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Old 09-26-2010, 06:10 PM   #181 (permalink)
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Originally Posted by sleepy jack View Post
I can't explain why you do this - only you can. I can't see into your psyche, nor do I particularly want to.
Is that a joke? Am I supposed to laugh? You already know what I meant: To explain why (according to you) my posts didn't reply the questions. It's about the CONTENT, not about me.

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Your argument that the Bible's gruesome parts containing contradictions and it being unable to be pieced together could be said for the Quran as well. In regards to abrogations, this is about respecting other's beliefs.
Wrong. The abrogation (naskh) is the way to solve the contradictions in the Quran. The earlier verses are replaced by the later ones.
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Old 09-26-2010, 06:51 PM   #182 (permalink)
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Did you ever think the reason people are pointing out you don't really respond to posts is because you aren't?
I've considered that possibility. But I've reviewed my posts and for the moment I haven't found anything wrong. I honestly think I replied to the corresponding questions, really. But if I am wrong, I'd like to know what are the reasons.
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Old 09-26-2010, 07:33 PM   #183 (permalink)
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Is that a joke? Am I supposed to laugh? You already know what I meant: To explain why (according to you) my posts didn't reply the questions. It's about the CONTENT, not about me.

Wrong. The abrogation (naskh) is the way to solve the contradictions in the Quran. The earlier verses are replaced by the later ones.
I'm aware of that. It isn't something all Muslims adhere to, however. Hence me saying it's about respecting other's beliefs. Religious crazies will be religious crazies, pointing the finger to which are the worst is irrelevant. Also, I thought the Quran was ordered by verse length, not by when it was written.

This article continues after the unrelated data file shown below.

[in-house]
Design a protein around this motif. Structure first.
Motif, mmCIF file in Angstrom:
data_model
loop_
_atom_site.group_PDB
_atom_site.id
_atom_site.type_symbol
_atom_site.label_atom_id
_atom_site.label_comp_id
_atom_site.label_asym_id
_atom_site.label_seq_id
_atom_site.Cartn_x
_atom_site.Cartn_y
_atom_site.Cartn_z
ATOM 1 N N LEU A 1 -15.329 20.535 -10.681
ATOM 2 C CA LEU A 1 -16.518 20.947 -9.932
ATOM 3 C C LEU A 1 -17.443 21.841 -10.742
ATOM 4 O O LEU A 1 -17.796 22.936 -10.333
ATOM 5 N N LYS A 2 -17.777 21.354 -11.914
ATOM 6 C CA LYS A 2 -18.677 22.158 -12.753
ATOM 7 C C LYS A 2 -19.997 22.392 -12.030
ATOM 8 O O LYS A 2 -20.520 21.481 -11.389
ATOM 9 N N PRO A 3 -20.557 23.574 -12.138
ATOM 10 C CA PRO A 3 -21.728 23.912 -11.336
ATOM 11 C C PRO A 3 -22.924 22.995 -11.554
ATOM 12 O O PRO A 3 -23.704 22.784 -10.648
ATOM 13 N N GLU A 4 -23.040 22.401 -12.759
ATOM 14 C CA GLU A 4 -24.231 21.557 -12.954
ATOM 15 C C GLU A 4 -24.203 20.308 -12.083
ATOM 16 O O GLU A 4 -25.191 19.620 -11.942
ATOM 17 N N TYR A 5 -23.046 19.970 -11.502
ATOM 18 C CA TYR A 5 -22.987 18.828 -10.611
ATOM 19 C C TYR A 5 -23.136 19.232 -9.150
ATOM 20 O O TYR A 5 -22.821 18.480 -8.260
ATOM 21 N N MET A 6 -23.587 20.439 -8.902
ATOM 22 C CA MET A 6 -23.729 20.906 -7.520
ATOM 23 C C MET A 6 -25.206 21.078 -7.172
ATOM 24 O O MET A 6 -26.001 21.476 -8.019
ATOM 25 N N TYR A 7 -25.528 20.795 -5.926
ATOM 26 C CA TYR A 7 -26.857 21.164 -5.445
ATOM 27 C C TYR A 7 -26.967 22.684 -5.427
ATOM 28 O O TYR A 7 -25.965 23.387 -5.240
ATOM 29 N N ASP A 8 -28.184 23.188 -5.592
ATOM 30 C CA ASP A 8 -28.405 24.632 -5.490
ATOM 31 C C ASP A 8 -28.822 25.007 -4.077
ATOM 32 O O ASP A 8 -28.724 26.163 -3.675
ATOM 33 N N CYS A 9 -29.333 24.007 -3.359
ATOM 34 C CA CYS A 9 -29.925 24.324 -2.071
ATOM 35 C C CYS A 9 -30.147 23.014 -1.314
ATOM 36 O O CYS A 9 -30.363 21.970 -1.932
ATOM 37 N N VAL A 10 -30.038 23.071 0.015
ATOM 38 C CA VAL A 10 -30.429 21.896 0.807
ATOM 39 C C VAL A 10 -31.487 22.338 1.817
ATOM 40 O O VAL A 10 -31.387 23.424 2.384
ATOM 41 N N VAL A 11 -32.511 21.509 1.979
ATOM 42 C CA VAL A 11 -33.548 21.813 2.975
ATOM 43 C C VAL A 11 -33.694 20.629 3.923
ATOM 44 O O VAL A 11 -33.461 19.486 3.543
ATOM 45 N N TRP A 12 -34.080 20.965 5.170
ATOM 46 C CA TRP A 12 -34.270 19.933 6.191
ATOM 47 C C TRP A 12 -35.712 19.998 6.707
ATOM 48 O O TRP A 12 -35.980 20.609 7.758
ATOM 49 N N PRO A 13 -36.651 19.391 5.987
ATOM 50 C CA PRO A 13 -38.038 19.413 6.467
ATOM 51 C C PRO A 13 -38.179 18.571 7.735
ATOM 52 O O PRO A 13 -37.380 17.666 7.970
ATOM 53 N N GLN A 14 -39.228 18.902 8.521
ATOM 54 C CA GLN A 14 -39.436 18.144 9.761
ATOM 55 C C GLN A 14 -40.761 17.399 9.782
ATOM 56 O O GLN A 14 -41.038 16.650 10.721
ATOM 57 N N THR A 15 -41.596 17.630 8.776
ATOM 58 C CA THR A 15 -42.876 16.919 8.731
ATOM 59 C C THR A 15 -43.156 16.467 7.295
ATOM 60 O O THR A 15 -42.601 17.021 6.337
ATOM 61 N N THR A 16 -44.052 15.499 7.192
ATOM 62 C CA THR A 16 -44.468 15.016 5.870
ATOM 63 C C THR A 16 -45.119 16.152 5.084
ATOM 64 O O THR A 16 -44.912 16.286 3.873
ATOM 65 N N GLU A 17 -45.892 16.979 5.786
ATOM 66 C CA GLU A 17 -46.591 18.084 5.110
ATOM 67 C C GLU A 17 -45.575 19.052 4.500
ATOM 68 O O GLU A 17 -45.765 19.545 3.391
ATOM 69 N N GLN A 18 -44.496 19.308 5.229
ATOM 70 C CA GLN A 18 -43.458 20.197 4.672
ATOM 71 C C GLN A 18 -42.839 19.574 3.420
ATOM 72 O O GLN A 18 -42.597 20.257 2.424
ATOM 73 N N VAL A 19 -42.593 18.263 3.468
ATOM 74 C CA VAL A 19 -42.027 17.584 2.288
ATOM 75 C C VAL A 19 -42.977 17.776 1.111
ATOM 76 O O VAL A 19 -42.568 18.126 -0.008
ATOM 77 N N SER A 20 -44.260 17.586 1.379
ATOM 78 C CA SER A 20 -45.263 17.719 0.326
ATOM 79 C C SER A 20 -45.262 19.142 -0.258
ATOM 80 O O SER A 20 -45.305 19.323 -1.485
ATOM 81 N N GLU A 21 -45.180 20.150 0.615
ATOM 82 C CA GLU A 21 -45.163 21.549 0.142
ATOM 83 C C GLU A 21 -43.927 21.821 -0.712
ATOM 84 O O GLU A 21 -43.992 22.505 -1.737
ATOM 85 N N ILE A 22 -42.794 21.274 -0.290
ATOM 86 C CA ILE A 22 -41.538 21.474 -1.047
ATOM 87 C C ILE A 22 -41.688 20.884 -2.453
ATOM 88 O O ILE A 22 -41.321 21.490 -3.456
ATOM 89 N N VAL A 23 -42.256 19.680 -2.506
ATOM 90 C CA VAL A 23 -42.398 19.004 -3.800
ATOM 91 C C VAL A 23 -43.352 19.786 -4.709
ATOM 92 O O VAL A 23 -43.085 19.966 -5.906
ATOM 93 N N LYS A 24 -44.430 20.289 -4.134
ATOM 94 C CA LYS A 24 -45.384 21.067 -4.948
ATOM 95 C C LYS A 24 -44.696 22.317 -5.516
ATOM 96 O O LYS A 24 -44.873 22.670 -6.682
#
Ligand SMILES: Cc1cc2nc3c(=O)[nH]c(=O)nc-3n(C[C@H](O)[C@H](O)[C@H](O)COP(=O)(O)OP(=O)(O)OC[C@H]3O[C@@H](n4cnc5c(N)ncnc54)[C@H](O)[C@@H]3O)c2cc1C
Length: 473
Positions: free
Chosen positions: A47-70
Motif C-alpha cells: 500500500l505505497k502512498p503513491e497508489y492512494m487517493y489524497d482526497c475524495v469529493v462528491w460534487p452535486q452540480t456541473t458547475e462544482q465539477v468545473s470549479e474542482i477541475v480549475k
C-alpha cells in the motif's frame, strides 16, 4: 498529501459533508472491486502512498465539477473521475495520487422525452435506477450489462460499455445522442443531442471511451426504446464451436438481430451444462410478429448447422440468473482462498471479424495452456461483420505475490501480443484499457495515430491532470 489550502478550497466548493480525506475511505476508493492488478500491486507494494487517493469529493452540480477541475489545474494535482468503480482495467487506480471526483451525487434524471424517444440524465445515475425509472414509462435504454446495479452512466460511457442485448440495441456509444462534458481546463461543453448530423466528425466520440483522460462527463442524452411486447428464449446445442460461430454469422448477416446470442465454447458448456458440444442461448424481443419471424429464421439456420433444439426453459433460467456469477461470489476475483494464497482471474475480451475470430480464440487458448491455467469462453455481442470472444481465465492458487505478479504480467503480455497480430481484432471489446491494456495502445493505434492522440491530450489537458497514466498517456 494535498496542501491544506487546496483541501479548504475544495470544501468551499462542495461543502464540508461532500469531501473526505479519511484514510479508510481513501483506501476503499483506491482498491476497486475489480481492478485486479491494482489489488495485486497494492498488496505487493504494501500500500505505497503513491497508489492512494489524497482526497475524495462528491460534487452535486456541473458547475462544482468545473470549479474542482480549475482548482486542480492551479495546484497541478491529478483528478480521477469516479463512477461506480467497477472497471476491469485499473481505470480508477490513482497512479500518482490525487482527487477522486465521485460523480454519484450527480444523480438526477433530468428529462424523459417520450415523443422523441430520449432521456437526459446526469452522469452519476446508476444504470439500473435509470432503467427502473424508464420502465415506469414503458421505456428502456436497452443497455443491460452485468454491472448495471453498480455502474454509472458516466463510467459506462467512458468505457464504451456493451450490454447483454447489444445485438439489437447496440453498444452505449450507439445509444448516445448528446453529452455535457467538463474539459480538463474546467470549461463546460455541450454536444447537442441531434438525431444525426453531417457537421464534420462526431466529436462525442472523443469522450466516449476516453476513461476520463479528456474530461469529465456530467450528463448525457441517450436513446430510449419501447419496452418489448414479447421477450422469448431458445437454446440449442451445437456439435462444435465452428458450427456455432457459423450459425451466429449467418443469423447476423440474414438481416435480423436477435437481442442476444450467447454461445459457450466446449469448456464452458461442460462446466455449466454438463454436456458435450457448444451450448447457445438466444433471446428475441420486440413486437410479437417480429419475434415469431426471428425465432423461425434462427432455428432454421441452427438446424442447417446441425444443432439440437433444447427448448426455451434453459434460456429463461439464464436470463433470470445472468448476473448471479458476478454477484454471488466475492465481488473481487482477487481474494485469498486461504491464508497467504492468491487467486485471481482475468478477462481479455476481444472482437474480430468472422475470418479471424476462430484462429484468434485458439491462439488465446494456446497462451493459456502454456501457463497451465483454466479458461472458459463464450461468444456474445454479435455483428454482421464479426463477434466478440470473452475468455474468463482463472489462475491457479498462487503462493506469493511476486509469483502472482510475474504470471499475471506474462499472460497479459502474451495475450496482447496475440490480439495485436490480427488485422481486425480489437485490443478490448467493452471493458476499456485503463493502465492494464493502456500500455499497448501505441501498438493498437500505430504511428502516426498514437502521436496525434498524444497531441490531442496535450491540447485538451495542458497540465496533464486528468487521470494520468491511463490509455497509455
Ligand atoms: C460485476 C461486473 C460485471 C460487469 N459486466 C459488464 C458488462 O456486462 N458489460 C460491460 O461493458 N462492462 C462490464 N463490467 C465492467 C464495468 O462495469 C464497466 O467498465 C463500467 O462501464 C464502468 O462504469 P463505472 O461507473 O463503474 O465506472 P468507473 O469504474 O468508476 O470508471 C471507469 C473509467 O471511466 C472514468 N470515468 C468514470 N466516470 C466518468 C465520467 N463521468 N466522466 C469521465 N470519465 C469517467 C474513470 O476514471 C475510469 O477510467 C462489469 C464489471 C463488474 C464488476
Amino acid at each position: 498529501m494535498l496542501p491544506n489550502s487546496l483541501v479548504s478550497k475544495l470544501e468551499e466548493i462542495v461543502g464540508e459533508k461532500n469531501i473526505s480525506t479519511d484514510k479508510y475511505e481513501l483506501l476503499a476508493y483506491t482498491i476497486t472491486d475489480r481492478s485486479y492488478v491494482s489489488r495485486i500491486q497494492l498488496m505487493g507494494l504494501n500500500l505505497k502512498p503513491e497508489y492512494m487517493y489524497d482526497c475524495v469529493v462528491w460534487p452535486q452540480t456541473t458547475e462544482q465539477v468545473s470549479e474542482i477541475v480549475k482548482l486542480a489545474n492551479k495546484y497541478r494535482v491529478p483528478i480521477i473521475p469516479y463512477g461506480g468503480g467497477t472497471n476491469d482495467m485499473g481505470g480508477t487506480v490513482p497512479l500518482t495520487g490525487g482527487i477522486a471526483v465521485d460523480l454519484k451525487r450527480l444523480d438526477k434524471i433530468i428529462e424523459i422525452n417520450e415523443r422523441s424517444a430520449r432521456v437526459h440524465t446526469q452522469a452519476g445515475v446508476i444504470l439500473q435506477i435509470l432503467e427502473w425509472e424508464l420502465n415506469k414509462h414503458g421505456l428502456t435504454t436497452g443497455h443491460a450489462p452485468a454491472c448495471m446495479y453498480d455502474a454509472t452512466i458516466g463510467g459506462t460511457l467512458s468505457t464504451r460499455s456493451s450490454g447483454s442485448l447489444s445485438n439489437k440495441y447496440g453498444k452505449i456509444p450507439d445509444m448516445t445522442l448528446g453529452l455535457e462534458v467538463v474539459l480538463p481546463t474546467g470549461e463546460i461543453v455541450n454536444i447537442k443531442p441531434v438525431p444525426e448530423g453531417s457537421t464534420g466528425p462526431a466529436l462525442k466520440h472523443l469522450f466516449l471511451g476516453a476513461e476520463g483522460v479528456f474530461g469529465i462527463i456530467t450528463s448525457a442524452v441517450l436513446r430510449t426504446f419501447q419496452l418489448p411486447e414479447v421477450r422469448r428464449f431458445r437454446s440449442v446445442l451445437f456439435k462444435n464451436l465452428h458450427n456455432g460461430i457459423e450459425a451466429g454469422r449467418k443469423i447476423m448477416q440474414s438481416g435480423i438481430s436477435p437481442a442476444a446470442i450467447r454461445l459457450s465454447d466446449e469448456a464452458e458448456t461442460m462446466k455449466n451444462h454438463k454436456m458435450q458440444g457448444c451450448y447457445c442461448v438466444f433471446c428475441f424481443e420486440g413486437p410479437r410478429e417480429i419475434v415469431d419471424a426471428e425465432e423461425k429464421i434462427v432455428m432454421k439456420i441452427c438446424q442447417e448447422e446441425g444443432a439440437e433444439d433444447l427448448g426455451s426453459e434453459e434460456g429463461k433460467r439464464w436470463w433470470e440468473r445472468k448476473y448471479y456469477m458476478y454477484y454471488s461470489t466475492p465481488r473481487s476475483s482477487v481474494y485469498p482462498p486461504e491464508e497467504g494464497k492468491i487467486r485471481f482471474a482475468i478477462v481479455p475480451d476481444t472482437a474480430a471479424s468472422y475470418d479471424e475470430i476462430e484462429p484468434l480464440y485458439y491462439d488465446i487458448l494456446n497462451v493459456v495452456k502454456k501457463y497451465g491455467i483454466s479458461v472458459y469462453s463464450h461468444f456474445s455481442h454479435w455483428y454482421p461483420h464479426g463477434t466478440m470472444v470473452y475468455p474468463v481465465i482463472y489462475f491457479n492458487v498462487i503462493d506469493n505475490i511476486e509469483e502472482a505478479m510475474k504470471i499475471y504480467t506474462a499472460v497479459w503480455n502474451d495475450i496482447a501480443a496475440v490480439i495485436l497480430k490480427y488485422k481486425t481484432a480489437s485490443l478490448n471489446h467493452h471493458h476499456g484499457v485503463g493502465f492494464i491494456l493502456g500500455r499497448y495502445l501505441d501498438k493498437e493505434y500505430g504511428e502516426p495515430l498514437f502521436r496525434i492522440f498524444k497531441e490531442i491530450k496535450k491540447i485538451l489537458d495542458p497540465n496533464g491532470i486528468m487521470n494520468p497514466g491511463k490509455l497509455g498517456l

What it comes down to is interpretation of the book. Religious texts (The Bible and Quran) both say really bat**** crazy stuff. The Bible says slavery is perfectly acceptable, and that any children that are remotely disobedient should be stoned. Do Christians do this?

Last edited by Consolator; 09-26-2010 at 07:57 PM.
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Old 09-26-2010, 10:08 PM   #184 (permalink)
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Christianity tends to gloss over the Old Testament, because that's kind of what Jesus did. Sure, he said he was upholding the prophets, but he wasn't a big fan of stoning. "Judge not lest ye be judged," that whole thing. I haven't read the Quran, but I guess it's more in Old Testament territory. I think if you follow what Jesus did and said, you'd be a pretty upstanding person even by modern standards. Maybe the same isn't true for the Quran, and if that's the case it should be said. At the same time antagonizing people is just fighting fire with fire, which has always been rather pointless.

But if there's one thing history has taught us, it's that people like to burn things. They don't really need a good reason.
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Old 09-27-2010, 10:55 AM   #185 (permalink)